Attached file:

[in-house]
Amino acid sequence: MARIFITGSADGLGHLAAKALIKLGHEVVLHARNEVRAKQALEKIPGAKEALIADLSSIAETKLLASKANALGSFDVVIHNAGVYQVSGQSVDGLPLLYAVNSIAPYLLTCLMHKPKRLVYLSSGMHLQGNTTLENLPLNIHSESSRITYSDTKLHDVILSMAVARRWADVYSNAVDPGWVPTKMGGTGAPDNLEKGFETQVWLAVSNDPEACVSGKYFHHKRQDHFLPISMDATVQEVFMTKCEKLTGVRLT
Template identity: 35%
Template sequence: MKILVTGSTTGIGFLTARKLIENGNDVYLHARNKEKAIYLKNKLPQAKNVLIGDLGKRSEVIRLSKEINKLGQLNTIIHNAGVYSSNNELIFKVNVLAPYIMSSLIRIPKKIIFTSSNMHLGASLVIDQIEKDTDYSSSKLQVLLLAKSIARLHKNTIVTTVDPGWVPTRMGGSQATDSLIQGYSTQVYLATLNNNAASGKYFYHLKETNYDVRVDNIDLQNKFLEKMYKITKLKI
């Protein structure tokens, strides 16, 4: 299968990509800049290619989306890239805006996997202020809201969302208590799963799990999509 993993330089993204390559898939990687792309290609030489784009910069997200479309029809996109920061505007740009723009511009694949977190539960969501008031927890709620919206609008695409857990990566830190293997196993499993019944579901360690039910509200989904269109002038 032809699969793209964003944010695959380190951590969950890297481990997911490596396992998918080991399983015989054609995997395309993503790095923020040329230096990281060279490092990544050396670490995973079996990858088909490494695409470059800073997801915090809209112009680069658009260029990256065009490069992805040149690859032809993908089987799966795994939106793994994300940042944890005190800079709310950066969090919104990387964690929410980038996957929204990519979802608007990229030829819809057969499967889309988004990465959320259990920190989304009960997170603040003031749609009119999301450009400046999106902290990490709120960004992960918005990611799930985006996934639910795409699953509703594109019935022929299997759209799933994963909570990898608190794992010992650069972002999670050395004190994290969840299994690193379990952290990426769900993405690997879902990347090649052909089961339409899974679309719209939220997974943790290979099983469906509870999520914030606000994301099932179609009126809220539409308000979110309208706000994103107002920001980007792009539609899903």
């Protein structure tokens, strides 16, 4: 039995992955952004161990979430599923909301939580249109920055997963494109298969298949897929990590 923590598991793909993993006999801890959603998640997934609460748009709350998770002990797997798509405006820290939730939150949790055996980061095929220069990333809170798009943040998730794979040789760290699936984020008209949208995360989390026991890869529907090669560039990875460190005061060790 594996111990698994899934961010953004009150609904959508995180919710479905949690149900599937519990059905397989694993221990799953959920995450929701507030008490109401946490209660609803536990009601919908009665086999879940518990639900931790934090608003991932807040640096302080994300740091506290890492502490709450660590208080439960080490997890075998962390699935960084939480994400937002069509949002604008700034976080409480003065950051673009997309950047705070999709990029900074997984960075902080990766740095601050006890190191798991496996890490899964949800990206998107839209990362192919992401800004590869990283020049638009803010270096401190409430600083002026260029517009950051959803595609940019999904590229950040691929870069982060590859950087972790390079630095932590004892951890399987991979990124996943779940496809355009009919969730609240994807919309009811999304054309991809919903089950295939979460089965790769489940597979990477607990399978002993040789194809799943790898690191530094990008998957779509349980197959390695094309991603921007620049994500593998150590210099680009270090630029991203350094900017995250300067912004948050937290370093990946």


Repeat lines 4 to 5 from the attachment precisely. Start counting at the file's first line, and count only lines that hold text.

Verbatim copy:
Template sequence: MKILVTGSTTGIGFLTARKLIENGNDVYLHARNKEKAIYLKNKLPQAKNVLIGDLGKRSEVIRLSKEINKLGQLNTIIHNAGVYSSNNELIFKVNVLAPYIMSSLIRIPKKIIFTSSNMHLGASLVIDQIEKDTDYSSSKLQVLLLAKSIARLHKNTIVTTVDPGWVPTRMGGSQATDSLIQGYSTQVYLATLNNNAASGKYFYHLKETNYDVRVDNIDLQNKFLEKMYKITKLKI
């Protein structure tokens, strides 16, 4: 299968990509800049290619989306890239805006996997202020809201969302208590799963799990999509 993993330089993204390559898939990687792309290609030489784009910069997200479309029809996109920061505007740009723009511009694949977190539960969501008031927890709620919206609008695409857990990566830190293997196993499993019944579901360690039910509200989904269109002038 032809699969793209964003944010695959380190951590969950890297481990997911490596396992998918080991399983015989054609995997395309993503790095923020040329230096990281060279490092990544050396670490995973079996990858088909490494695409470059800073997801915090809209112009680069658009260029990256065009490069992805040149690859032809993908089987799966795994939106793994994300940042944890005190800079709310950066969090919104990387964690929410980038996957929204990519979802608007990229030829819809057969499967889309988004990465959320259990920190989304009960997170603040003031749609009119999301450009400046999106902290990490709120960004992960918005990611799930985006996934639910795409699953509703594109019935022929299997759209799933994963909570990898608190794992010992650069972002999670050395004190994290969840299994690193379990952290990426769900993405690997879902990347090649052909089961339409899974679309719209939220997974943790290979099983469906509870999520914030606000994301099932179609009126809220539409308000979110309208706000994103107002920001980007792009539609899903």